Good news: you have landed an interview for a project manager position. Maybe it’s the first step in a new career, or maybe you’re a seasoned PM looking for greener pastures. Either way, you’ve successfully gotten your resume out there and now you have a chance to talk to real people about your qualifications for this job.
Interviews can be a little nerve-wracking, so having an idea ahead of time of what you’ll be asked about is key to making a good impression. We spoke to a range of specialists and career coaches, as well as people who have supervised and hired project managers, to get some insight into the types of questions you can expect in a job interview. hiring with PM – and how you should prepare to meet them.
1. What do you know?
These will not be the most important questions, but you will be asked to demonstrate basic knowledge of project management and the specialty area in which you will work if hired. “If you’re in the IT space, you should be prepared to answer questions about software you know for project management,” says Sara Hutchison, an executive resume writer with experience working with IT professionals. IT and a CompTIA Project+ certification.
Even when faced with basic factual questions, you should seek to demonstrate some analytical skills. For example, says Hutchison when asked about project management software, “If you know of several software packages, can you talk about the pros and cons of each? You should also be prepared to explain how you keep up to date with the latest technologies in these areas. »
That said, this isn’t a pop quiz you have to score 100 on; how you handle a question that comes your way can be indicative of your character and abilities. Cynthia Davis, co-founder of recruiting platform Diversifying.io, says one thing she would look for in an interview would be if a candidate is “open enough to say, ‘I don’t know, but here’s how I can develop this.'”
2. What do you know about the company you are applying for?
When it comes to your potential new employer, Davis says you should be as informed as possible. “During an interview, the candidate will have to show that they understand the position for which they are applying and that they have taken the time to research the company and demonstrate that this is the position for them” , she says.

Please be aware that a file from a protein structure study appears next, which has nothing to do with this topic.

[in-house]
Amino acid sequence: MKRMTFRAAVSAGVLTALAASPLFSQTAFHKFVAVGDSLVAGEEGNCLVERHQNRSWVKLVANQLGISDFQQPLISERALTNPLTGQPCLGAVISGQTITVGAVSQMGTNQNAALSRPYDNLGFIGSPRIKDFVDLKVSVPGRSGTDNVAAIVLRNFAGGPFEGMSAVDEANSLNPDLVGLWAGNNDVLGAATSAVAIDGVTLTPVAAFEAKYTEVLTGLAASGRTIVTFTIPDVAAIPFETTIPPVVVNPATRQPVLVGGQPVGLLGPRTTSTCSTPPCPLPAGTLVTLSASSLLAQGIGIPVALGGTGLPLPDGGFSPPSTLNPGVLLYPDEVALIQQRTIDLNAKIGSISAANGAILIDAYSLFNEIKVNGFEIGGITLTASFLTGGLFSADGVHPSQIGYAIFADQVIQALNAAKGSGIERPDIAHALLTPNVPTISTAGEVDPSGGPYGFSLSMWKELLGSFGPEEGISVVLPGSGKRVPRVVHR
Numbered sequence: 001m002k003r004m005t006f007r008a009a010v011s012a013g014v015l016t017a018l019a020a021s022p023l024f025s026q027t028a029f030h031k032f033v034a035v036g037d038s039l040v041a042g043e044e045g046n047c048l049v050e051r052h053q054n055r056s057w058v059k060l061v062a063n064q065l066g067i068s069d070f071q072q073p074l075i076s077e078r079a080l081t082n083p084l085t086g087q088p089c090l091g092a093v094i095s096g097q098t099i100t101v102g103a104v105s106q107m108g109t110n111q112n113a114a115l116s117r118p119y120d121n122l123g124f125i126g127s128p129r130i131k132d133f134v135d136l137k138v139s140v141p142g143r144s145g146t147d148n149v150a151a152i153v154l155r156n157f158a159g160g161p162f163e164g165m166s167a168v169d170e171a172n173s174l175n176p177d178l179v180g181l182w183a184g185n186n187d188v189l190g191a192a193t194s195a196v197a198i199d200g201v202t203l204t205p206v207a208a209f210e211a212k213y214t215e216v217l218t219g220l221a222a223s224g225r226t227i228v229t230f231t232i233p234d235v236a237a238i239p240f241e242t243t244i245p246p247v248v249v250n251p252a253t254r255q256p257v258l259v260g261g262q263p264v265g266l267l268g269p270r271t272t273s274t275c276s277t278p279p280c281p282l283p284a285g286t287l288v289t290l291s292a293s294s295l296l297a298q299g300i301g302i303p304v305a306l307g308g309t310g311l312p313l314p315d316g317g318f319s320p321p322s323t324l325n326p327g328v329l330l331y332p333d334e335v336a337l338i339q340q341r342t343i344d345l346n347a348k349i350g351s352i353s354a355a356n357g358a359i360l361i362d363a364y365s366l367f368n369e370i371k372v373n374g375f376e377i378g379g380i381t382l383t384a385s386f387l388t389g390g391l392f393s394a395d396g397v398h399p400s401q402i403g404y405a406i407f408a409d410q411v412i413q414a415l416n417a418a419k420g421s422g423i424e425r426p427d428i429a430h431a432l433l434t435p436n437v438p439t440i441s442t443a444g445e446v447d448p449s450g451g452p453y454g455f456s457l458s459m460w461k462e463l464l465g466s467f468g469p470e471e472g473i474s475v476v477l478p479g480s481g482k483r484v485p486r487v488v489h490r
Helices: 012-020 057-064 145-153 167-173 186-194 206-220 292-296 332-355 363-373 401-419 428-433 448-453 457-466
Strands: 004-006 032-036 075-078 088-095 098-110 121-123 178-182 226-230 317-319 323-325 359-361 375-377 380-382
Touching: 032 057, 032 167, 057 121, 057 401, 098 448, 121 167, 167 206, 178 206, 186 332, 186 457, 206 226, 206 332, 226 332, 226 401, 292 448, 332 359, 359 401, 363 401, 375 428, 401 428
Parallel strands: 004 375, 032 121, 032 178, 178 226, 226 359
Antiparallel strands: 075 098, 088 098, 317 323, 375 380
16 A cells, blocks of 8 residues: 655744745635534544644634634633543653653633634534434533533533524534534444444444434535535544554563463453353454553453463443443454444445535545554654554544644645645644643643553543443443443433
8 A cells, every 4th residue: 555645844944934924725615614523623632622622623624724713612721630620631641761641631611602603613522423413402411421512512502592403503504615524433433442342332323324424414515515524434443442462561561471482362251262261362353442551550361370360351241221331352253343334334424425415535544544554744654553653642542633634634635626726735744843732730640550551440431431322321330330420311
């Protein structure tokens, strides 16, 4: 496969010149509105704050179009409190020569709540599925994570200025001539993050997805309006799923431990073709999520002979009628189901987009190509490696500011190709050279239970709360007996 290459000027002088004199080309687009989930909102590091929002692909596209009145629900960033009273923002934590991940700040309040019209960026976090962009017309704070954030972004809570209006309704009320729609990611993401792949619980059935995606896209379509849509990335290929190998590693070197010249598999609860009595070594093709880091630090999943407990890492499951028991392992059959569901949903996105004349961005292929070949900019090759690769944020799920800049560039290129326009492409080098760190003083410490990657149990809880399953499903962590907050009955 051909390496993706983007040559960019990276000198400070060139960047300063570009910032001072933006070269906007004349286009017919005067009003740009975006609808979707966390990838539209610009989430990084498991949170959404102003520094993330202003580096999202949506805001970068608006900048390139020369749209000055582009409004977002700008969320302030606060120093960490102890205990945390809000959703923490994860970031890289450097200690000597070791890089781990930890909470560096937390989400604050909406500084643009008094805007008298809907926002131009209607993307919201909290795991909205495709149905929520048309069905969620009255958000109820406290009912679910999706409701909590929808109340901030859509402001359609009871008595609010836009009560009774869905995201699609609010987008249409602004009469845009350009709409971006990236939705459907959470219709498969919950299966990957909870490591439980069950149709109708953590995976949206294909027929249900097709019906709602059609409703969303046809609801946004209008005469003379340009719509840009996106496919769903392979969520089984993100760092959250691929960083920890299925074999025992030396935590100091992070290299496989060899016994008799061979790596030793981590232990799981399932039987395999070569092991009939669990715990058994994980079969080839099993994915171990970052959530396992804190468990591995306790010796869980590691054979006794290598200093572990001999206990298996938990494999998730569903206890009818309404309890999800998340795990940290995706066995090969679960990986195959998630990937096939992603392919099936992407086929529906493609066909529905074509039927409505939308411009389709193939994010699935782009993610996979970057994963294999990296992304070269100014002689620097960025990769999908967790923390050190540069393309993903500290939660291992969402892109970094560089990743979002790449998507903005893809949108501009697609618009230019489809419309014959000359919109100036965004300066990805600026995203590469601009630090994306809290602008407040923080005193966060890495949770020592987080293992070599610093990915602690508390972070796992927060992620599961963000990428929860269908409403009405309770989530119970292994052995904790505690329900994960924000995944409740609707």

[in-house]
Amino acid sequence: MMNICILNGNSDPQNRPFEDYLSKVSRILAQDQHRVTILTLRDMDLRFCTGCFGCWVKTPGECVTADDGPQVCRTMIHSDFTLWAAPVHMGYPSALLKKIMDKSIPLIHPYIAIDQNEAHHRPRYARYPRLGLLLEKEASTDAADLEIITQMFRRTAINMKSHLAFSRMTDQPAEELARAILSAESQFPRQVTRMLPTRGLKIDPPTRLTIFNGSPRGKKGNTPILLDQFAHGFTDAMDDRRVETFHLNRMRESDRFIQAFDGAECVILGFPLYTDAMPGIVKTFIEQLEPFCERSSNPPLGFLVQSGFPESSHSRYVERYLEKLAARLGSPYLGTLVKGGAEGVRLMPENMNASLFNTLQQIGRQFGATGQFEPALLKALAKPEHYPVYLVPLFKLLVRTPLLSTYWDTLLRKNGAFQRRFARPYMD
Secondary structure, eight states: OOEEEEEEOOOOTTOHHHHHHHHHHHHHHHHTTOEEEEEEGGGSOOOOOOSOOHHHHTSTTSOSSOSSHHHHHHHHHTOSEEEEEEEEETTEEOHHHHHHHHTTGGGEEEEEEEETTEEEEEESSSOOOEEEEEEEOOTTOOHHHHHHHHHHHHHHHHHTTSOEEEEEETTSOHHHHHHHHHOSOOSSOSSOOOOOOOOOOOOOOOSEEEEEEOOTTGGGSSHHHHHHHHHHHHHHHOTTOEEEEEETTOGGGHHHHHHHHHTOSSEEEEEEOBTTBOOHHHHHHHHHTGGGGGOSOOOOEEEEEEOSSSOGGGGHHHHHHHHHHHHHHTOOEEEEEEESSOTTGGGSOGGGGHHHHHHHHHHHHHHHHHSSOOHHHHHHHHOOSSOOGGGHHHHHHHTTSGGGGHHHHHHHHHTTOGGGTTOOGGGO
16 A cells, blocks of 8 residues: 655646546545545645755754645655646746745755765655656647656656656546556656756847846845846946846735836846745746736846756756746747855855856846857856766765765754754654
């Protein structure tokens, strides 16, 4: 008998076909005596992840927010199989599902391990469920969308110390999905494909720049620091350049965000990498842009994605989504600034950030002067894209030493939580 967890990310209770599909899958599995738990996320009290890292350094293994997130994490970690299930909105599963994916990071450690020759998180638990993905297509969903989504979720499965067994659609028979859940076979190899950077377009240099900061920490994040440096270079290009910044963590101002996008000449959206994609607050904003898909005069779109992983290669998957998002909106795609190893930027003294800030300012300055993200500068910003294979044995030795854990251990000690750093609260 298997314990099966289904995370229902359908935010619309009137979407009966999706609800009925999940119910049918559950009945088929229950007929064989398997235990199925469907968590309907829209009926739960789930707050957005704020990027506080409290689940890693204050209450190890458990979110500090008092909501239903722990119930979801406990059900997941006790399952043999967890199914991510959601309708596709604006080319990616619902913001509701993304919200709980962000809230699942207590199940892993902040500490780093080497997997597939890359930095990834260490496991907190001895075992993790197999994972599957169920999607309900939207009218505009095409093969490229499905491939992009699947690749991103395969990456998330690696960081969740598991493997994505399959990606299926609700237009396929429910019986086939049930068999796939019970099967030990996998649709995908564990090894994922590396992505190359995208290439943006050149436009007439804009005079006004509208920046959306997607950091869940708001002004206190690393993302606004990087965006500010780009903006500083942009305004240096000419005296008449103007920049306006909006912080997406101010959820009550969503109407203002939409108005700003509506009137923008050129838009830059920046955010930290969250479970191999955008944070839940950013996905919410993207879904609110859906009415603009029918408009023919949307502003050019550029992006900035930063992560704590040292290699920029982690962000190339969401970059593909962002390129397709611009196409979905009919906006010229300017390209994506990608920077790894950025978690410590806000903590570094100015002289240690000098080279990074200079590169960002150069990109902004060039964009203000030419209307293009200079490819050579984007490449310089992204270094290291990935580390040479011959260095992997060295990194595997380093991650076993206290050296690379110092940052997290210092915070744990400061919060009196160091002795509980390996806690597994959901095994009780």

Remember, though, that an interview is a two-way street and an opportunity for you to ask questions as well. While you should know as much as possible about the company and the job you’re applying for, you’ll only be able to find out certain details – and how exactly you might fit the bill – by asking about them during the interview. maintenance. ; it shows that you are serious about the job.
“It’s important to find out the why of the job,” says Tushar Gadhia, director of consulting practice at Synoptek. “This will help you determine the appropriate mindset for the particular job. Do you need to step in as a change agent and undo things that the predecessor set in motion or couldn’t On the other hand, if things weren’t a problem, the business could hire a PM to step into the fold and get in tune with the processes already in place. a PM is essential to ensure that you are the right person for the job and to know what is expected of you.
3. What is your process?
Assuming you’ve gone through the filters to get an interview, your potential employers are likely confident that you know the basic facts – the What — that you will need to do the job. What they will want to hear from you is How? ‘Or’ What: your process as a manager to help teams carry out projects, and the mindset behind it.
For example, how you approach trade-offs is a key part of your work philosophy. Tim Bailey, Vice President of Global Consulting at Deltek, asked applicants, “When managing a project, how do you determine which of the three constraints – scope, schedule, cost – is most important?”
You should also be prepared to answer questions about your leadership style. Because you will be in charge of a team, this will be one of the most crucial parts of the interview. Dave Garrett, head of strategy and growth at the Project Management Institute (PMI), gives an example of the kinds of things a hiring manager will want to know:
- “How do you lead and influence people without authority? Because projects are often cross-functional, your team members have another “boss” and your project is not always the top priority for other stakeholders. »
- “Are you a quick study? Because projects can be on any topic, and you can be more effective if you can get to grips with the topic quickly and understand what’s important.
- “How do you decide which approach to use? Because project teams can apply many approaches: predictive, agile, design thinking, etc., depending on the challenges they face.
You may also have the opportunity to talk about how you approach PM work in a meta sense. Debra Wheatman, president of Careers Done Write, explains that these questions could be phrased as follows: “Have you improved the project management processes in your company? What did you recommend or implement? What were the results ? »